Further notes from the diary of the credit / sovereign debt crisis of 2008-12:

Reviving economic activity in the Baltic states, and a steady trend in the financial sector in Ireland, working its way out of the “bailout” situation of the last year.

On the negative side, the resignation of Marcus Agius as Chairman of Barclay’s Bank in England, followed by that of his CEO a day or two later. The bank is under investigation for attempts to influence interest rates in its own interest during the global financial crisis. Barclays reached settlement terms last week, involving a large cash payout, with authorities in Britain and the United States; over what was said to be its part in a culture among major banks, to collude on establishing basic rates, like the Libor – the London inter-bank offered rate.

The second resignation, on Tuesday, by the bank’s chief executive officer, the American Bob Diamond, was accompanied by the release of documents from the bank, suggesting its actions were taken with some knowledge on the part of the then Labour administration.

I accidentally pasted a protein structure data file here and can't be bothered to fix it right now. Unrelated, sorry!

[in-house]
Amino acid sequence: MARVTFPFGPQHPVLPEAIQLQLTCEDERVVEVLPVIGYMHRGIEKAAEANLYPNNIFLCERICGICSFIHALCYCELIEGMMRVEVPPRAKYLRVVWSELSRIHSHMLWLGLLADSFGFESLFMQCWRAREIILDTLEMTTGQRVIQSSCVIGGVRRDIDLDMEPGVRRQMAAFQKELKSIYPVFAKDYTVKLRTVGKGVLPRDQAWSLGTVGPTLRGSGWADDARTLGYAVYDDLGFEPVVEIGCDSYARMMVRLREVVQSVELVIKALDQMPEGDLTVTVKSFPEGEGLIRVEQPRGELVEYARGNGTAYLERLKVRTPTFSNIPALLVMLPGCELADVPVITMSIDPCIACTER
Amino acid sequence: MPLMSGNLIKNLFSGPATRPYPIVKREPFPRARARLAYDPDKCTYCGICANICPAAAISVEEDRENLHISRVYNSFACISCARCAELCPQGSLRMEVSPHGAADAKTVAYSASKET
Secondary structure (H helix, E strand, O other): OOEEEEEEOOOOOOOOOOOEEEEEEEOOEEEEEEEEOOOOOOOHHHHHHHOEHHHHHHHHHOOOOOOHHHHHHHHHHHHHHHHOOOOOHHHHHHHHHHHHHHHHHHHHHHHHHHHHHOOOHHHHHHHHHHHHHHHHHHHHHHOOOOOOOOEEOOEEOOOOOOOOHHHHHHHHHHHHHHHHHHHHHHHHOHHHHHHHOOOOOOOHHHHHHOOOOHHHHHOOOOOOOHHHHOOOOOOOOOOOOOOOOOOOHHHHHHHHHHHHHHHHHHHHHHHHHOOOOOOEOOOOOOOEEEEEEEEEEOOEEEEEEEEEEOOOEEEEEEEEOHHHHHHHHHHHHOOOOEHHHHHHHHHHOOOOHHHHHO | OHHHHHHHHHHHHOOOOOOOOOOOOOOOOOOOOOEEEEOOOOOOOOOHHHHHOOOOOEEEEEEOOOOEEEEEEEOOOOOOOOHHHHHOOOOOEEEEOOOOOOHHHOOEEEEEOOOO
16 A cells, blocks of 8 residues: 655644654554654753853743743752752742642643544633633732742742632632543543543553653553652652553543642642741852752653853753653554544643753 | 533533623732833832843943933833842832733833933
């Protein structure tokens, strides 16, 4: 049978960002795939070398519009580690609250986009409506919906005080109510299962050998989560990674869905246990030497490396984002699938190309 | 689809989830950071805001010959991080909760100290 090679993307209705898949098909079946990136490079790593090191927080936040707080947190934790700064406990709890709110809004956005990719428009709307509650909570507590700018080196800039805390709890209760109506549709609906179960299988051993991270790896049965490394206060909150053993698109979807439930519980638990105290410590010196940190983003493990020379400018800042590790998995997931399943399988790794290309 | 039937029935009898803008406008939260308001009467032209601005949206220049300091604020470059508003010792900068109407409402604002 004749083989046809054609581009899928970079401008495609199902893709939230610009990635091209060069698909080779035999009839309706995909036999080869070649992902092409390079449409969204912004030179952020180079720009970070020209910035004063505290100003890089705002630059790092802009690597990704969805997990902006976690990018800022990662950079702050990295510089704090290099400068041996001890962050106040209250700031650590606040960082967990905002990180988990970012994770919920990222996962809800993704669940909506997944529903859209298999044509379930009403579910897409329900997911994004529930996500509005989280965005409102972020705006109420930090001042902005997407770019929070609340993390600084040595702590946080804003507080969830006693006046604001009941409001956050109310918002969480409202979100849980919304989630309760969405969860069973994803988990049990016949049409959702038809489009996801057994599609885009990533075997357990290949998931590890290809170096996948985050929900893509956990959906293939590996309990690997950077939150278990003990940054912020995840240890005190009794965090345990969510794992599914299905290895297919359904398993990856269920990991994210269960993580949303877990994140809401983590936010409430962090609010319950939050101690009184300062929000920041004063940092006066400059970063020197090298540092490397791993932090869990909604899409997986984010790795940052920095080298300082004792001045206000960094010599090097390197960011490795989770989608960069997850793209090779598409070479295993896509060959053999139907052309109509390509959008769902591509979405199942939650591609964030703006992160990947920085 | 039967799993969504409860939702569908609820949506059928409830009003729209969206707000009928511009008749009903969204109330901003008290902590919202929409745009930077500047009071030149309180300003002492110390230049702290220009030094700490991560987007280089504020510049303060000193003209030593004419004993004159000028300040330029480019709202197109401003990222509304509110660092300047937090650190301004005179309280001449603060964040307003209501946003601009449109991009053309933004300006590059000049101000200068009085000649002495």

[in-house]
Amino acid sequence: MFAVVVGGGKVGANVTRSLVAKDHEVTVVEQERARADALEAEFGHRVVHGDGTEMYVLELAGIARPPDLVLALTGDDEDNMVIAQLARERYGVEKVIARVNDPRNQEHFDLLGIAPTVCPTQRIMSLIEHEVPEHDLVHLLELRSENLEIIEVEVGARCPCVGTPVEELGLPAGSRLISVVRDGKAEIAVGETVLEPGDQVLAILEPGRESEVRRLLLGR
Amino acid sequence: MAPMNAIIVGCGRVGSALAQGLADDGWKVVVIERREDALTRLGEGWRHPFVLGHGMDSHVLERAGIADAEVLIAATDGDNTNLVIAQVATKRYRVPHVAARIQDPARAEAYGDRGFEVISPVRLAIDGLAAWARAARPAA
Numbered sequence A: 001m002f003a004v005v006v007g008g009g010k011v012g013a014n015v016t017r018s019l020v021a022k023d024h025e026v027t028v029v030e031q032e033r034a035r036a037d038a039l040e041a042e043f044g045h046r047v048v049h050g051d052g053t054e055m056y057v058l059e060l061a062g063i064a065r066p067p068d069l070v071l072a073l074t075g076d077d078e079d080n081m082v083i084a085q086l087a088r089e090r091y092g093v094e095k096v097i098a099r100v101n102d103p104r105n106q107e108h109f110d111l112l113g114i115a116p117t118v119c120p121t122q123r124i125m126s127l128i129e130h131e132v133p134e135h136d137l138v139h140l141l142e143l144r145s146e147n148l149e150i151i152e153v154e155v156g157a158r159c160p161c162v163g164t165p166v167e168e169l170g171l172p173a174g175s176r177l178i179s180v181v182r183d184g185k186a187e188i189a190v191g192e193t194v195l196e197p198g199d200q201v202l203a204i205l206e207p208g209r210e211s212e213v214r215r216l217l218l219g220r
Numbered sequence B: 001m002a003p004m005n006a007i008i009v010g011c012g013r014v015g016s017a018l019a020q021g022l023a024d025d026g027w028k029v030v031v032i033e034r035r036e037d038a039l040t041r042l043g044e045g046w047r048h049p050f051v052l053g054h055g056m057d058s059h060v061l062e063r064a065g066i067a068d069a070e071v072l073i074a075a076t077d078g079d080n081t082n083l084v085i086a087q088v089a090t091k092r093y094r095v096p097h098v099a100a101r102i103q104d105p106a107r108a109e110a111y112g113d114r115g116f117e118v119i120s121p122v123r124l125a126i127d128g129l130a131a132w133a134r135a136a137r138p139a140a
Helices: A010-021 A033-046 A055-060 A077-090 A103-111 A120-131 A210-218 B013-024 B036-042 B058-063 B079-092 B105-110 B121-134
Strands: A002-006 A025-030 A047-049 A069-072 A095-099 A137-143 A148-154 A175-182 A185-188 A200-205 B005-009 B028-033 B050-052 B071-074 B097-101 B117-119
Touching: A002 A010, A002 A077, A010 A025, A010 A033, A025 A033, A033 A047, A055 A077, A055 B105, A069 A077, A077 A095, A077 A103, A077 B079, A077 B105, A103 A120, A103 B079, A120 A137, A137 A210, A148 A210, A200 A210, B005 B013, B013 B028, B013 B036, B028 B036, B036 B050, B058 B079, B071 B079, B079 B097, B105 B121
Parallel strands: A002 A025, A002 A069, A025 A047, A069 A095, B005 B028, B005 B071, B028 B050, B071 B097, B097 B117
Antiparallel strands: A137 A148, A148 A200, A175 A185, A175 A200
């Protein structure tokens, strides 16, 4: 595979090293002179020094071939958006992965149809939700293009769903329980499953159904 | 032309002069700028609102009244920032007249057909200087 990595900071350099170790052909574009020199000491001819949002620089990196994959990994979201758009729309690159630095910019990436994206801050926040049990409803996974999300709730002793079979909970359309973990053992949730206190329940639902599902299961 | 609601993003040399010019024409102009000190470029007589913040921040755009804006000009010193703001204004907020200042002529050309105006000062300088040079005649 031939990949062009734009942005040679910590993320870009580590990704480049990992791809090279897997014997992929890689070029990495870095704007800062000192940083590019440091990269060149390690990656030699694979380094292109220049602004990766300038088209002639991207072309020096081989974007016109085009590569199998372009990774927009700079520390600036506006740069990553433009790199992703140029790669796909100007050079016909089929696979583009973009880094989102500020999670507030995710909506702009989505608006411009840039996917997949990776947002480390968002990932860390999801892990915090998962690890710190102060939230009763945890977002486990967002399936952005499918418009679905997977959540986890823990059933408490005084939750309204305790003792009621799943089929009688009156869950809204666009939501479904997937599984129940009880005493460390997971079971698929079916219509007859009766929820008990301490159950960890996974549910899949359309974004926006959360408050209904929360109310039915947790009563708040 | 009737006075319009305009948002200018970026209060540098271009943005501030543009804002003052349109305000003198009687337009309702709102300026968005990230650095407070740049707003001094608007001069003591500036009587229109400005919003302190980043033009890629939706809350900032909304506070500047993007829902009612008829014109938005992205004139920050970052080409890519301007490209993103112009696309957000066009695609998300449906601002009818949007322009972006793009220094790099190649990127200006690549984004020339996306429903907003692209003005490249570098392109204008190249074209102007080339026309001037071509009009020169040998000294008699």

FT, London, “Agius resigns as Barclay’s chairman”, 3.7.12, p 1; “Diamond lets loose over Libor”, (Brooke Masters, George Parker and Kate Burgess), 4.7.12, p 1.

Paul Krugman, “Europe’s great illusion”, IHT, Paris, 3.7.12, p 5.

Le Monde, Paris:
“France: le tournant de la rigeur” (Budget tightening), (Anne Eveno), 3.7.12;

“Le discours de la method M. Ayrault” (Mr Ayrault’s policy statement), 4.7.12;

“Ces financiers de Wall Street qui passent a l’ennemi”, (certain Wall Street financiers going over to the other side): “Ils sont banquiers ou traders, au coeur de capitalisme mondial, et ils ont mauvais conscience. Discretement, ils sympathisent avec le mouvement ‘Occupy’ …” , (they’re bankers or traders working at the heart of world capitalism, and they’ve got a bad conscience. Discretely they are sympathising with the with the ‘Occupy’ movement …), 14-16.7.11, p 1.